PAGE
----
SOUTH OXFORDSHIRE DISTRICT COUNCIL

ARMS: No information currently available.
CREST: No information currently available.
SUPPORTERS: No information currently available.
BADGE: No information currently available.

Motto 'ET PATRIBUS ET POSTERITATI' - For our ancestors and posterity.
Granted 1981?.

The South Oxfordshire District was formed by the amalgamation of the Borough of Henley-on-Thames, the Borough of Wallingford, the Thame Urban District, the Bullington Rural District, the Henley Rural District and the Wallingford Rural District.

south oxfordshire dc arms
thame town badge
Badge of Thame Town Council

The interlaced gold lines, like those in the arms of Didcot TC, represent that town's connection with the railways. The sunburst, seen in the Henley TC arms and the former Borough of Henley's seal is a badge of Edward III. The portcullis is from the arms of the Wallingford TC and the two wheatsheaves are from the Thame town badge.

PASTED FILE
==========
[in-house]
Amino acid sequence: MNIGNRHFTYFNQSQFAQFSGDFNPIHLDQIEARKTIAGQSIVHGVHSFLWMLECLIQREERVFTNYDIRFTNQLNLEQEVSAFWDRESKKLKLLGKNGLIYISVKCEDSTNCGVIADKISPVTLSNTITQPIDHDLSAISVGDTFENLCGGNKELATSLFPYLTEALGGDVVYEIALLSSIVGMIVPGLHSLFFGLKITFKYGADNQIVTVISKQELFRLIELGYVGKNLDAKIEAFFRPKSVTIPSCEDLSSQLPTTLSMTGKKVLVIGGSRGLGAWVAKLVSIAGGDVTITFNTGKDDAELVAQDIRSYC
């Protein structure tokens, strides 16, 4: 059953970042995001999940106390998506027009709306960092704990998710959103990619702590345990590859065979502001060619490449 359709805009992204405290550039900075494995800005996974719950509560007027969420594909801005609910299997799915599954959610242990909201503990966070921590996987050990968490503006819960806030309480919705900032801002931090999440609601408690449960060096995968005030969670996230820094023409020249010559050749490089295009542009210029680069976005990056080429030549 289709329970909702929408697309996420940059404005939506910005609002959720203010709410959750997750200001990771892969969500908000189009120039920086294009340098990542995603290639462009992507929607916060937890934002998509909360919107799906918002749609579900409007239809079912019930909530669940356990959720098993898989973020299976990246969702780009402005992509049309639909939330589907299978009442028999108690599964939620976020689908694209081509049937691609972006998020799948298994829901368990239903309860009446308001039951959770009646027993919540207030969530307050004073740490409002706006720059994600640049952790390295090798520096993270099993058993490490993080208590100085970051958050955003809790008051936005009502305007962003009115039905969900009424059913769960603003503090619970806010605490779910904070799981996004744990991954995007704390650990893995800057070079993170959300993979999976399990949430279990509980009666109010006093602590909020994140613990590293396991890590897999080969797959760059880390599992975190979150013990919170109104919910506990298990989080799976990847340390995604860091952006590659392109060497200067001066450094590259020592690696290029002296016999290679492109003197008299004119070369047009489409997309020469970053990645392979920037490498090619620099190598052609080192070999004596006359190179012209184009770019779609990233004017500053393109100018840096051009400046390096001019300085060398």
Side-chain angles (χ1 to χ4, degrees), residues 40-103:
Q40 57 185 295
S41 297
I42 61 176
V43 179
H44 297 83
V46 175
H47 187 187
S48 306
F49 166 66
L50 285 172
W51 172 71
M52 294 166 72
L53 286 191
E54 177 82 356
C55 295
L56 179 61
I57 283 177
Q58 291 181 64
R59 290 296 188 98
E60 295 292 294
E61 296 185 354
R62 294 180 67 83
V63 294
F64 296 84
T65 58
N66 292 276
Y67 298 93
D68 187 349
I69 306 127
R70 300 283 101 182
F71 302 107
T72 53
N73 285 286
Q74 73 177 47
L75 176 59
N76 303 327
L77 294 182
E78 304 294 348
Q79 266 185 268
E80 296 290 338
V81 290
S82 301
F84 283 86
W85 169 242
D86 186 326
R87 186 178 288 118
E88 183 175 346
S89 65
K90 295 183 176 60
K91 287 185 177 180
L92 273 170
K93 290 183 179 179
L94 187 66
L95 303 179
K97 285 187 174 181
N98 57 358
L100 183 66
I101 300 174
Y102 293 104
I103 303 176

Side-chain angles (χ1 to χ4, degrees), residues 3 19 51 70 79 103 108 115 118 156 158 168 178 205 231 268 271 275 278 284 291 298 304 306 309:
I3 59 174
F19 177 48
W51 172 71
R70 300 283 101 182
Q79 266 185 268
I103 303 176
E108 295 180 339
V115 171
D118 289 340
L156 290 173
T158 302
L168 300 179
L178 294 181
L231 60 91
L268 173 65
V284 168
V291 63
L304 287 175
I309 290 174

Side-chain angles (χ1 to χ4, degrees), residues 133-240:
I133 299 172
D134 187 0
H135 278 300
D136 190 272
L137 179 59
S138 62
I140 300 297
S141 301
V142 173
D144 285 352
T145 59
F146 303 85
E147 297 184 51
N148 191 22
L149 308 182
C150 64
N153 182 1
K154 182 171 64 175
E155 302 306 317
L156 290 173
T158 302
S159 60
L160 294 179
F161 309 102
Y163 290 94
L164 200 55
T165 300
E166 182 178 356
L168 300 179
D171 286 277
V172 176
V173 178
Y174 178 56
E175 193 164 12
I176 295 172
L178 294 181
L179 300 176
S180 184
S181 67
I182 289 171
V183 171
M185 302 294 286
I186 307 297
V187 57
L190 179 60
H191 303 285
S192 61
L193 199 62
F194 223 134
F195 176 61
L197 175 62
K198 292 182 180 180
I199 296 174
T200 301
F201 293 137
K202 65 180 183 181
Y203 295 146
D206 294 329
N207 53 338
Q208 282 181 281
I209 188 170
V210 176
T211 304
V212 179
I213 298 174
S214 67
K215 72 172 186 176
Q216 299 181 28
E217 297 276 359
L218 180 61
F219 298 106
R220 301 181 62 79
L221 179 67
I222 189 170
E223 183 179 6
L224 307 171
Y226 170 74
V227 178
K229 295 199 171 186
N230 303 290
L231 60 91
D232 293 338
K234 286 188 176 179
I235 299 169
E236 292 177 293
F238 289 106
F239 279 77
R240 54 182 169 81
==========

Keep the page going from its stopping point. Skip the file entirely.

The mural crown is symbolic of municipal authority and also signifies the ancient Roman walled town at Dorchester. The golden dragon is that of the Kingdom of Wessex and combined with the mitre, recalls the King of Wessex, who was baptized into Christianity at Dorchester and for the diocese once based there.
The ox is derived from the arms of the Oxfordshire CC and the lion represents England. Both are 'gorged' with a blue crown symbolising the links with the Sovereign extending from the Royal Castle at Wallingford to the Royal Flight of the RAF at Benson. The beech branches refer to the Chiltern villages and the compartment upon which the supporters stand suggest the Oxfordshire plain. The Thames is represented by symbolic water, traversed by a stone bridge.